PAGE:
Where to Get Organic Produce


The first and most important rule of all produce while on the Gerson Therapy is that it must be organic! Organic food can be found in a variety of sources. Some of these options are specific to the United States, but most other countries will have similar ways of finding organic produce.

Check the supplies section of our website for additional resources.

Grocery and Wholesale Stores

Many grocery stores now carry certified organic, pesticide-free produce. Most grocery stores have a produce manager responsible for ordering produce and supplies. Since you will be ordering produce in large amounts, and for an extended amount of time, ask the produce manager to set up a weekly order for you. They may even be able to special order certain harder-to-find items, such as celeriac root. Also, consider inquiring about a discount. Additionally, many big-box stores in the United States carry a variety of organic produce at a lower price. However, you may have to turn to larger specialty stores in order to find some items.

Food Delivery Websites and Apps

There is a growing trend to have groceries delivered directly to your doorstep. A quick search online will provide many options, and many more are on the way. With a bit of research you can find the ones that offer exactly what you need.

Food Co-Ops

Food co-ops, although less widely available, are always a great source of organic produce. If you live in the United States, check out www.coopdirectory.org to find a food co-op near you.

Seasonal Produce

Eating mostly seasonal produce will help ensure that produce remains as affordable and fresh as possible. Buying vegetables and fruits out of season usually means they were harvested in some other part of the country or part of the world, then shipped a long way to your local store. Produce begins to lose nutrients as soon as it is picked, so fresh is always best.

Farmers’ Markets

Buying at farmers’ markets is the ideal way to get fresh produce. You’ll be supporting local farms by buying directly from a local farmer, just after the produce is harvested. However, not all vendors at a farmers’ market are organic, so it is best to find a stand or farm you know is certified organic.



Community Supported Agriculture

Many local farms have a Community Supported Agriculture (CSA) arrangement with the public, where you can purchase a share of a farm’s harvest each week. The farm may either deliver your produce to your home or to a designated community pick-up spot. Visit www.localharvest.org/csa to find a CSA in your area.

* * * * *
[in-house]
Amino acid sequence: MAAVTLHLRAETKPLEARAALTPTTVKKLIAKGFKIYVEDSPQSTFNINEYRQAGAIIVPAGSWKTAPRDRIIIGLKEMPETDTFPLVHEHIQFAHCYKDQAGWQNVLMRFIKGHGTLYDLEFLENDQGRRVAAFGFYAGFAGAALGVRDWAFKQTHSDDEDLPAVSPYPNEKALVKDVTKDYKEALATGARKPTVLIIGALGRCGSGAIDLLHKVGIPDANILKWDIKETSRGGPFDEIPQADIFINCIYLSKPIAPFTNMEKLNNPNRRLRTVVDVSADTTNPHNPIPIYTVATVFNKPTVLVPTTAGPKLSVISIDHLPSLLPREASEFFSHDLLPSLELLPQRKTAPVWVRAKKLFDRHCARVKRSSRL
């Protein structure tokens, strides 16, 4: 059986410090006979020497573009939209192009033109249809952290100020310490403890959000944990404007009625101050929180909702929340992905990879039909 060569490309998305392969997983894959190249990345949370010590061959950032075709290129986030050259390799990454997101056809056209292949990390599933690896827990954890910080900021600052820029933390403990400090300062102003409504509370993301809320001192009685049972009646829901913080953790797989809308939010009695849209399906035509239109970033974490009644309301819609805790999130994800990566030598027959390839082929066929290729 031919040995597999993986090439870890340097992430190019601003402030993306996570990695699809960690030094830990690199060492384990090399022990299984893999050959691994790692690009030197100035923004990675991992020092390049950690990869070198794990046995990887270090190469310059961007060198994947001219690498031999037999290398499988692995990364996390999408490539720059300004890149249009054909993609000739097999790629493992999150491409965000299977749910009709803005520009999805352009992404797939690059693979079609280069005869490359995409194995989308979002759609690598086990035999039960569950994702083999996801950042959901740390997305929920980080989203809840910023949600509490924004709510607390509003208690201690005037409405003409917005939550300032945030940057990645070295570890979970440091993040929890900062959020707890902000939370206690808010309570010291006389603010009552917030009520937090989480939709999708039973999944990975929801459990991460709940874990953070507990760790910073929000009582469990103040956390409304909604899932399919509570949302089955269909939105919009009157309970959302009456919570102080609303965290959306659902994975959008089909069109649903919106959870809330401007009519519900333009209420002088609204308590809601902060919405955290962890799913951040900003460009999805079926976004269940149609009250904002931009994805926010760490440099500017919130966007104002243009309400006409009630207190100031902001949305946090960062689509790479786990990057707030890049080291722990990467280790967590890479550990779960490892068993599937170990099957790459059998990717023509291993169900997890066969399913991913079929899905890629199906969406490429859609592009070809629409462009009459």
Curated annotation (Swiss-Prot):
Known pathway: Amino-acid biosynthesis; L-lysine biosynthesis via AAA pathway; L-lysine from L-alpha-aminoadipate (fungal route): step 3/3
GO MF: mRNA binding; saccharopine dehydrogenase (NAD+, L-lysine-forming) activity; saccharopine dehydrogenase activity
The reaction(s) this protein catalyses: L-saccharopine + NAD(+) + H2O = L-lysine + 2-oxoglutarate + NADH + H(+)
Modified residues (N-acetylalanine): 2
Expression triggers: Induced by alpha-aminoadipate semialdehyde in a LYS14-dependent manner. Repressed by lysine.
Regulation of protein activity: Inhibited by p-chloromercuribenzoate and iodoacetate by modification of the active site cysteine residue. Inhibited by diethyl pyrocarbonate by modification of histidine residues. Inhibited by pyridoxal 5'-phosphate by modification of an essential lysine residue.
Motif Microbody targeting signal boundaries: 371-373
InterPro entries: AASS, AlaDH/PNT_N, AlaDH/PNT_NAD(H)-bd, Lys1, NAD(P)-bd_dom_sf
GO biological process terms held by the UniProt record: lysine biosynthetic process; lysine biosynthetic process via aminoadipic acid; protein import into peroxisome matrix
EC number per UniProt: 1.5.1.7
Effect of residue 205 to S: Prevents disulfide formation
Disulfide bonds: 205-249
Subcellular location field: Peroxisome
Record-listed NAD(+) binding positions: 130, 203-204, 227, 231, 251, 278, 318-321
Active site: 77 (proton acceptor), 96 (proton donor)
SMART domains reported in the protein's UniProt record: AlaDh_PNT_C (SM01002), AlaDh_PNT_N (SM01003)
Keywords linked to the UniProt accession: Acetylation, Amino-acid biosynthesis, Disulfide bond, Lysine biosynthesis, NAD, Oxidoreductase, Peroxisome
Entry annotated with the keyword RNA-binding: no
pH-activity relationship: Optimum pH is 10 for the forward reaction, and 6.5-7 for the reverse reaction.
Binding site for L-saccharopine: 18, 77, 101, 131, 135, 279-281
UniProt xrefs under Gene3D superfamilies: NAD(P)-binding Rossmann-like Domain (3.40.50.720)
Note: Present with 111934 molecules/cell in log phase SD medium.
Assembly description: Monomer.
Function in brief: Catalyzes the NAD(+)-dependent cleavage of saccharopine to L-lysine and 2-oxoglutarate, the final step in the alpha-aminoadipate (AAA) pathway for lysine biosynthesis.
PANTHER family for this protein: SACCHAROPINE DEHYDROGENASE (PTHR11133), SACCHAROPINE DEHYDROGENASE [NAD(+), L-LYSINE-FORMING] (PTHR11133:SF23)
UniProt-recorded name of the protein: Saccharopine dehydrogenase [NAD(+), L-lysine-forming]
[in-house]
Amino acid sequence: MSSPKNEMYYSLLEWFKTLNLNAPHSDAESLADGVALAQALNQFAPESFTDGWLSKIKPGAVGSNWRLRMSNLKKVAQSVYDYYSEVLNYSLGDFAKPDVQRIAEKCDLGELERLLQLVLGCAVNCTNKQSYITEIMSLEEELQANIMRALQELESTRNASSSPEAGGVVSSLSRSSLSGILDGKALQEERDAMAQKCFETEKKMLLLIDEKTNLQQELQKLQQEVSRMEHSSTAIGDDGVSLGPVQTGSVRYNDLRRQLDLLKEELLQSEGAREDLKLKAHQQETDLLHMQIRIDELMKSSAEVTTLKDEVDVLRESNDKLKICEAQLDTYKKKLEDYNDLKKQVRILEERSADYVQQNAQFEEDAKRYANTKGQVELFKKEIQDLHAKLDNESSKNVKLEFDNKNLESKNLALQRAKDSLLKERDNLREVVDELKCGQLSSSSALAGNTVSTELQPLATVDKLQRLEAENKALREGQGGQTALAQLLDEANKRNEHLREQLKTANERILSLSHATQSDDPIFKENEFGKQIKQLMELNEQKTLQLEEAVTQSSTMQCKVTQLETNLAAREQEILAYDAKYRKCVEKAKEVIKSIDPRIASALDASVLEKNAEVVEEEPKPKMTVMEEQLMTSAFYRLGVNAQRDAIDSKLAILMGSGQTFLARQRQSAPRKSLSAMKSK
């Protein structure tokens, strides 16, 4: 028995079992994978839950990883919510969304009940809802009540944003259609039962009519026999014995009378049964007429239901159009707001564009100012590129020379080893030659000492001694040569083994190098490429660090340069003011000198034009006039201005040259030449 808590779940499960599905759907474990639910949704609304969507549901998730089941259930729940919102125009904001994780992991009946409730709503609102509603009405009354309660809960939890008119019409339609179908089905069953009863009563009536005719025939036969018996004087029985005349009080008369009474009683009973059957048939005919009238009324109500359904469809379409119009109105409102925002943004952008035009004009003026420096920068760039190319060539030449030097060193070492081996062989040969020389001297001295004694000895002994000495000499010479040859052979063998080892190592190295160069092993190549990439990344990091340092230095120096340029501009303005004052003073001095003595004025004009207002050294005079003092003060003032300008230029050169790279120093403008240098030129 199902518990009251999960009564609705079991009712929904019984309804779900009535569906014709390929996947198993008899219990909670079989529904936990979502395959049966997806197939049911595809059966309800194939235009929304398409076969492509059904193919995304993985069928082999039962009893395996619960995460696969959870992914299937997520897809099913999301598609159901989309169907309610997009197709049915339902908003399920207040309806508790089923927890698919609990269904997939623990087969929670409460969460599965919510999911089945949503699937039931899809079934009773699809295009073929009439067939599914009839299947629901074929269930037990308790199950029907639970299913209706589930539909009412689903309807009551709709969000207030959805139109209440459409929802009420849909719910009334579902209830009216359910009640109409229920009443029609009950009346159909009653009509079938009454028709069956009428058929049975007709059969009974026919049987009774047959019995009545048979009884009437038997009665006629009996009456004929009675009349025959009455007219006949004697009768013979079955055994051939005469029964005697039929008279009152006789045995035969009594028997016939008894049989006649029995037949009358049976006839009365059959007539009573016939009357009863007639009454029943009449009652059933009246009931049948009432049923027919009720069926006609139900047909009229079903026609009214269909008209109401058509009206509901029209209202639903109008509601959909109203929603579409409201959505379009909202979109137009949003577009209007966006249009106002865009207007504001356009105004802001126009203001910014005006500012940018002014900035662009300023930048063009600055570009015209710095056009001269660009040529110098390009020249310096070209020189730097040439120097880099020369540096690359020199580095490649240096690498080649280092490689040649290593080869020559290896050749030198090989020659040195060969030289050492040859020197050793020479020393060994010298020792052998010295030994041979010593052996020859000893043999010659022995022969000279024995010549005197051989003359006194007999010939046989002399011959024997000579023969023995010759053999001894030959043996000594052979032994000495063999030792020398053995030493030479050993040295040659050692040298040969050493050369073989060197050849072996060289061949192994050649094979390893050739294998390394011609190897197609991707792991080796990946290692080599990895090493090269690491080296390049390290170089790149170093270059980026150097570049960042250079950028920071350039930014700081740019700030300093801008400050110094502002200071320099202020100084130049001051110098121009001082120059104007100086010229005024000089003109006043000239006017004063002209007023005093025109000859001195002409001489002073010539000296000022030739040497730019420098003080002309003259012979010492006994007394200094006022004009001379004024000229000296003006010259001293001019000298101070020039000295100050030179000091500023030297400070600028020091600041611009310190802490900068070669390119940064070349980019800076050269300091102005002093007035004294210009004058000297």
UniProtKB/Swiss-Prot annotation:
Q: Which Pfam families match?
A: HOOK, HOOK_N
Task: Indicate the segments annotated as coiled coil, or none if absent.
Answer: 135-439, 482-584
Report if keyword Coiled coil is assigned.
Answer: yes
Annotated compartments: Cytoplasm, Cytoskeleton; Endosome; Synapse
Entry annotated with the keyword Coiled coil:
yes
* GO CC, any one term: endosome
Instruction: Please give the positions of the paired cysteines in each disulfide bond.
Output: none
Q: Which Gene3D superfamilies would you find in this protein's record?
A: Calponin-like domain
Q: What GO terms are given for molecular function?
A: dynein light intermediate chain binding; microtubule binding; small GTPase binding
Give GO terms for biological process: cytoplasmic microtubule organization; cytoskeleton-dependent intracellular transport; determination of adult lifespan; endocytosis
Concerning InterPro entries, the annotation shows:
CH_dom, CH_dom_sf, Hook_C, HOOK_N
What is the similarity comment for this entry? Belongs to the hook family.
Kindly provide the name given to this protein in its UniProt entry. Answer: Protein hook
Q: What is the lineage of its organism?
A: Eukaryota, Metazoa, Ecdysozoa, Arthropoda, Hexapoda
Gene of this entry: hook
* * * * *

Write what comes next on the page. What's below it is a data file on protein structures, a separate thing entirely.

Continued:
Consider starting your own garden! No other source will give you food as fresh. Growing your own food will allow you to enrich the soil through composting and other means to ensure that your food is the most nutritious. However, gardening can take a good deal of work and getting proper rest is greatly important to a patient’s ability to heal.

Here are a few tips to get you started and be sure to check out our blog with 6 Steps to Start a Garden:

  • Consider hiring a small gardening business
    In the United States, small gardening businesses can set up your garden along with automatic watering systems and perform regular garden checkups so that you need only to harvest, eat and enjoy the produce.
  • Vertical Gardening
    If space is an issue, there are vertical gardening systems that allow you to grow a good deal of produce in a very small space.
  • Community Gardening
    You can also get a plot at a community garden, which will also introduce you to others with an interest in growing food. Perhaps these same people will be interested in helping someone!
  • Start Small
    Consider starting small; plant a few pots with herbs and keep them on a windowsill. A wide variety of videos can be found on YouTube showing how to grow and maintain an organic garden.
  • Plant Pricier Plants
    Plant certain pricier items, like an assortment of greens, to complement what you need to purchase regularly.

No other method will provide you food as fresh as what comes right out of your yard. Also, growing food yourself lets you personally enrich the soil through compost and other means, in order to ensure that your produce is nutritionally superior to what might be found in a store. Keep in mind that the produce you consume becomes your medicine, so you want the highest quality medicine you can get.

Understanding this strong connection between the earth and your food could prove exceedingly valuable in maintaining a healthy view of natural healing. While starting anything new can be overwhelming, there are many videos available online with invaluable tips relating to anything and everything you want to know about setting up and maintaining a garden, e.g. the YouTube channel Growing Your Greens. These videos could make very useful coffee break companions.

And remember, don’t be afraid to ask for help from family, friends, and even your neighbors!

This article originally appeared in the Summer 2015 issue of  Healing News and was adapted for the new Gerson Therapy Cookbook.
Article written by Eric Freeman
Post by Nicole Ferrer-Clement

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